Q: I have a few questions regarding your PDFNet and WebViewer product.
I would like to dynamically generate PDF (or XOD) and would also like to be able to add new content (e.g. stamps, headers, watermarks, etc) to existing pages. What are my options?
A: Yes, using PDFNet you have much more control over conversion and
document generation process compared to DocPub. Since you are dealing
with text data, you can also use any other PDF generation utility or
library to convert text to PDF.
With PDFNet there are many ways to generate a document (or add new
content to existing documents). For example,
If you are developing using .NET you could use native DotNet
Framework APIs such as FlowDocument or XAML to generate dynamic
content containing text, images, and vector art. This approach is
illustrated in Xaml2Pdf sample (http://www.pdftron.com/pdfnet/
You could use ElementBuilder and ElementWriter (http://
www.pdftron.com/pdfnet/samplecode.html#ElementBuilder) as show in to
programmatically generate any type of PDF. These classes are quite
powerful but are relatively low-level. For an example of how these
classes can be used to programmatically generate a document out of
text content please see http://pdfnet-sdk.googlegroups.com/web/Text2PDF.zip.doc
(you should save the file with “zip” extension).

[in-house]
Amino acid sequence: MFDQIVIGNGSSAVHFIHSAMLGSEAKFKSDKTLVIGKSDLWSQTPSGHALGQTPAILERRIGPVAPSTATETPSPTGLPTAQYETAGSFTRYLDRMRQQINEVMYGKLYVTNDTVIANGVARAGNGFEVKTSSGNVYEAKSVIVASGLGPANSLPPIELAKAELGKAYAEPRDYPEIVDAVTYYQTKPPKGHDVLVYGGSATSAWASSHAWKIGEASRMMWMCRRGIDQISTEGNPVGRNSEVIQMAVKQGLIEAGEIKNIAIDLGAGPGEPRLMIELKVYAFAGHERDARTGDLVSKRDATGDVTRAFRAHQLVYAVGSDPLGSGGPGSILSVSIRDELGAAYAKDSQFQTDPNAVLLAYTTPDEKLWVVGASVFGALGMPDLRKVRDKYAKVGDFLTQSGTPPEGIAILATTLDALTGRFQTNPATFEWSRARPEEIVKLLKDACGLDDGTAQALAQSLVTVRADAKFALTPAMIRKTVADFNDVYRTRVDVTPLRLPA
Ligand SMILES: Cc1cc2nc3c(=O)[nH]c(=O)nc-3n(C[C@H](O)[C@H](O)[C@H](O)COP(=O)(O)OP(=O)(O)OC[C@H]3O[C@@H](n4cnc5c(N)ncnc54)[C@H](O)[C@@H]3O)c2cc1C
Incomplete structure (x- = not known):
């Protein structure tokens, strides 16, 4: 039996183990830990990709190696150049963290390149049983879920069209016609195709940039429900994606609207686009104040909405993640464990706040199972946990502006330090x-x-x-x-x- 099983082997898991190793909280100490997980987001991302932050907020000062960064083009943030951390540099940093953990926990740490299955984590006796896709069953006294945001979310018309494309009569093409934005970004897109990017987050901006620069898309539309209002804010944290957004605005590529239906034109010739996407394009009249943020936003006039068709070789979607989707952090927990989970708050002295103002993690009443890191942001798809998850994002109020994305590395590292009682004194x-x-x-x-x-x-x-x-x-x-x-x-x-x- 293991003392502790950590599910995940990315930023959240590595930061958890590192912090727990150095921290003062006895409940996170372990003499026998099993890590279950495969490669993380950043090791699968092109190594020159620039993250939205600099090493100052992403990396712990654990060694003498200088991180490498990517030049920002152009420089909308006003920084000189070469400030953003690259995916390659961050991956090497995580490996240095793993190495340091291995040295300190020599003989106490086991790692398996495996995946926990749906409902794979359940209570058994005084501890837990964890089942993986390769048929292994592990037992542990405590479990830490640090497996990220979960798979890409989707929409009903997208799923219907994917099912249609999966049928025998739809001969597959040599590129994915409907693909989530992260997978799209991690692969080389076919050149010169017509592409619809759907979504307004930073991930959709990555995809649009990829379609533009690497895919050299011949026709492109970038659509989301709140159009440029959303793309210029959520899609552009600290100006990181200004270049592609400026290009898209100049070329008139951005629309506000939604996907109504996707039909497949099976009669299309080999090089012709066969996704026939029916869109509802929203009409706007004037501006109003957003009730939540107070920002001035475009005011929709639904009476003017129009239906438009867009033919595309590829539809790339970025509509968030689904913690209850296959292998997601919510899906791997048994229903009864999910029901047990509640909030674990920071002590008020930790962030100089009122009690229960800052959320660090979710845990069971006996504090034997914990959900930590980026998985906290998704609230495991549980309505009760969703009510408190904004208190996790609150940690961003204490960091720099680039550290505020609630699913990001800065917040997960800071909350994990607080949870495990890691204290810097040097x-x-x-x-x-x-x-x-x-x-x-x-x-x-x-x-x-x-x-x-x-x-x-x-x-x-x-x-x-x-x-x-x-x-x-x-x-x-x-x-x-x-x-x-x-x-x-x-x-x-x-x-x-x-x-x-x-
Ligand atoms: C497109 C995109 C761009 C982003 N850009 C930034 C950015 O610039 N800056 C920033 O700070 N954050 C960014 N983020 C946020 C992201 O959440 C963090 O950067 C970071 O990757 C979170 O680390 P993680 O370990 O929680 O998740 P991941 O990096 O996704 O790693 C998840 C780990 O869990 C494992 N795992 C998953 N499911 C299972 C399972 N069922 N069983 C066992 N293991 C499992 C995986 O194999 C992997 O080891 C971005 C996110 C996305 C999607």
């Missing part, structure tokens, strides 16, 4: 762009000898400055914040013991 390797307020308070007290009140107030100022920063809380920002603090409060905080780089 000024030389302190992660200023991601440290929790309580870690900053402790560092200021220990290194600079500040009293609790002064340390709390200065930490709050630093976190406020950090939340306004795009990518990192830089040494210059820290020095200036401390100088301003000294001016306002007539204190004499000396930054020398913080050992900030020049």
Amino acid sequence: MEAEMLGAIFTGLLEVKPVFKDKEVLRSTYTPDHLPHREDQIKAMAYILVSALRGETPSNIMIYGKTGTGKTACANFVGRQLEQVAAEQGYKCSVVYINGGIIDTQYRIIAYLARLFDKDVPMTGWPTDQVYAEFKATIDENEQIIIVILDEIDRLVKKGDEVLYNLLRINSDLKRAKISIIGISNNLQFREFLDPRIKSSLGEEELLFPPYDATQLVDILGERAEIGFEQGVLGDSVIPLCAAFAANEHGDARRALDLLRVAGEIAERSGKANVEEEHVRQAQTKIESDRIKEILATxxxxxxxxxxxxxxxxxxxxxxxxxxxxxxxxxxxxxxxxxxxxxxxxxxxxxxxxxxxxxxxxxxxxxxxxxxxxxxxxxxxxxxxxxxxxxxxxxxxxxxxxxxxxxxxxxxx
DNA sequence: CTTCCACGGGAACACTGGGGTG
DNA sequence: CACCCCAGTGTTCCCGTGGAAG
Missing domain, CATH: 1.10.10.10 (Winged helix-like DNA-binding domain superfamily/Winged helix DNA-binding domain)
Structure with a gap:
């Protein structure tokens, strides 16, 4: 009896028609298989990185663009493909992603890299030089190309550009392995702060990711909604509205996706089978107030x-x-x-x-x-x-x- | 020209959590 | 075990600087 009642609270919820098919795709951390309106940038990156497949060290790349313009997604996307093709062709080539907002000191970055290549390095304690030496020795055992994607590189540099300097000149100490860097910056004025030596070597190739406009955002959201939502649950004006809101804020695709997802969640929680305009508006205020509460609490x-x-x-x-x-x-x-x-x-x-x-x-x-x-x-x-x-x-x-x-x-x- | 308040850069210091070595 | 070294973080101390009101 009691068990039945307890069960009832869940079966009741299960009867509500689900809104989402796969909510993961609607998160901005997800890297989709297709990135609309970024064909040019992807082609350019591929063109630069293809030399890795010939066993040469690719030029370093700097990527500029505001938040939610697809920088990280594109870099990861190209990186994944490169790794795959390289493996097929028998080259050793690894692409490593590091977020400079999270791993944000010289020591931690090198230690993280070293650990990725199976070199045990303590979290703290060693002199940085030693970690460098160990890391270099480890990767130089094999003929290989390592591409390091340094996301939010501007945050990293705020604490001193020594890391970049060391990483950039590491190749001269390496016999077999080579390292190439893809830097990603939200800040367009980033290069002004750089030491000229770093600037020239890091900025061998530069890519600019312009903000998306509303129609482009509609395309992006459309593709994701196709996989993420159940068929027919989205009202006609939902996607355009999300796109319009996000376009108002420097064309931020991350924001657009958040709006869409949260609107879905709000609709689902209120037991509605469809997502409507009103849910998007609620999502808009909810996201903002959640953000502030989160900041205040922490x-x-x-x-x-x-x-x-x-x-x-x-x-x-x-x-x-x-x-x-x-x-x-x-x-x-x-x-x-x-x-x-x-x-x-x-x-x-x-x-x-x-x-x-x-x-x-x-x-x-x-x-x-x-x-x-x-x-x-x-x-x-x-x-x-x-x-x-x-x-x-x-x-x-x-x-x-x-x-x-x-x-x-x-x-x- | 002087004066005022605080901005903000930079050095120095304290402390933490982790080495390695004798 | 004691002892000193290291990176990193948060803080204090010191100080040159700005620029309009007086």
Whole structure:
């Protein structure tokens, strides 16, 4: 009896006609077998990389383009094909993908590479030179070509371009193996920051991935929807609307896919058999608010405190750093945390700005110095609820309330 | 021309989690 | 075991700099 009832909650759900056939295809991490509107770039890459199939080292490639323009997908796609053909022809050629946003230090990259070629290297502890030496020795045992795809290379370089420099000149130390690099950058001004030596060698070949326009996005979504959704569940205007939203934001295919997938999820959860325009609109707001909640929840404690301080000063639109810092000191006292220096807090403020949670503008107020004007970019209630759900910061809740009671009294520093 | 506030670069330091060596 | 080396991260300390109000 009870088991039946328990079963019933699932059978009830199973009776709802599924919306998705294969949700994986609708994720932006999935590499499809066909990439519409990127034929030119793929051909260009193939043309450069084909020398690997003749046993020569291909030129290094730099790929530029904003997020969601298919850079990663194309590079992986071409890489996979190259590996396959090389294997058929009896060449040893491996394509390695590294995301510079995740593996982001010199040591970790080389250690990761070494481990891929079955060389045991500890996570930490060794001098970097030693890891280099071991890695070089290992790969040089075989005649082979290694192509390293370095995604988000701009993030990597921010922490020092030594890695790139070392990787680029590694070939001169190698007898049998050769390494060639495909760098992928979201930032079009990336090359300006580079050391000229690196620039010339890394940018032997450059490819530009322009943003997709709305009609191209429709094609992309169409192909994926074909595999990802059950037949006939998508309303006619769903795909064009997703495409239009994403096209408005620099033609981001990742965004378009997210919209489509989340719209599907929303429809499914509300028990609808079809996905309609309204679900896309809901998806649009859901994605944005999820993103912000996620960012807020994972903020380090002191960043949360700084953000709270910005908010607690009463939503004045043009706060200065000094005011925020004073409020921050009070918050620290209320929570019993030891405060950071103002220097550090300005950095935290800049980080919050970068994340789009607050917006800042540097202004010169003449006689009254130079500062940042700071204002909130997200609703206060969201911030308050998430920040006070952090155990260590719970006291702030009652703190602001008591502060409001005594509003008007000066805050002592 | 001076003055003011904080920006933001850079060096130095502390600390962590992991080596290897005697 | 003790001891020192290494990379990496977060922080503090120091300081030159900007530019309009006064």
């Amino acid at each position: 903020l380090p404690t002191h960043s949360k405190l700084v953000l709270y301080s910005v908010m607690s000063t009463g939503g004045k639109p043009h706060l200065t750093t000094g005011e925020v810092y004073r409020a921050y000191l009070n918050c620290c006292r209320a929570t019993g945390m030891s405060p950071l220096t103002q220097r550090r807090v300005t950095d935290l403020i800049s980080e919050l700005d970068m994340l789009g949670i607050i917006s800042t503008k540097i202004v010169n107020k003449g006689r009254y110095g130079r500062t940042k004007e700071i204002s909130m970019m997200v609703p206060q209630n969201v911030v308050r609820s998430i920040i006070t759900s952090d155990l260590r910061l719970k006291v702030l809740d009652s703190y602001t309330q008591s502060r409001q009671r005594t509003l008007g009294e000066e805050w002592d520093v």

You could also generate a PDF/XPS/Silverlight document using
‘System.Drawing.Graphics’ as shown in PDFDC (http://www.pdftron.com/
pdfnet/samplecode.html#PDFDC) sample. This approach can be useful is
you have an existing code that is already drawing on a Graphics object
(e.g. to display content on screen or for printing). In this case you
can use the same code without major changes to output to PDF, XPS,
SVG, or Silverlight.
The latest version of PDFNet also offers document generation from
HTML. This approach is illustrated in HTML2PDF sample (http://
www.pdftron.com/pdfnet/samplecode.html#HTML2PDF). The HTML content can
be stored in a string or referenced via URL.
You can also directly convert from a number of other formats (e.g.
XPS, EMG, TIFF, JPEG, MS Office) to PDF using ‘pdftron.Convert’ API as
shown in Convert sample (http://www.pdftron.com/pdfnet/
samplecode.html#Convert). File formats that can be directly converted
to PDF are printed via a virtual printer driver. This is probably the
least preferable way to generate PDF on the server side but in some
cases it can be fairly effective.
I also noticed a significant file size increase due to the overhead behind the .xod
file compared to the .txt file so I may need to think of another way to display them.
It is normal that PDF, XPS, Silverlight XOD are larger than the source
text file (.txt). These documents include fonts, exact positioning
information, color profiles etc. In some cases you can reduce the
resulting file size using pdftron.PDF.Optimizer (as shown in PDF
optimizer sample - http://www.pdftron.com/pdfnet/samplecode.html#Optimizer).
If I have a user that calls the SilverDox program hosted at www.myinternetdomain.com/DocumentReader.aspx,
can they pull up .xod documents that are located within their local intranet environment
Yes, this is definitely possible. We have just released a new version
of SilverDox (v.1.1) that offers on the fly conversion from PDF and
XSP to Silverlight. For more information please see:
http://www.pdftron.com/silverdox/whatsnew.html and download the new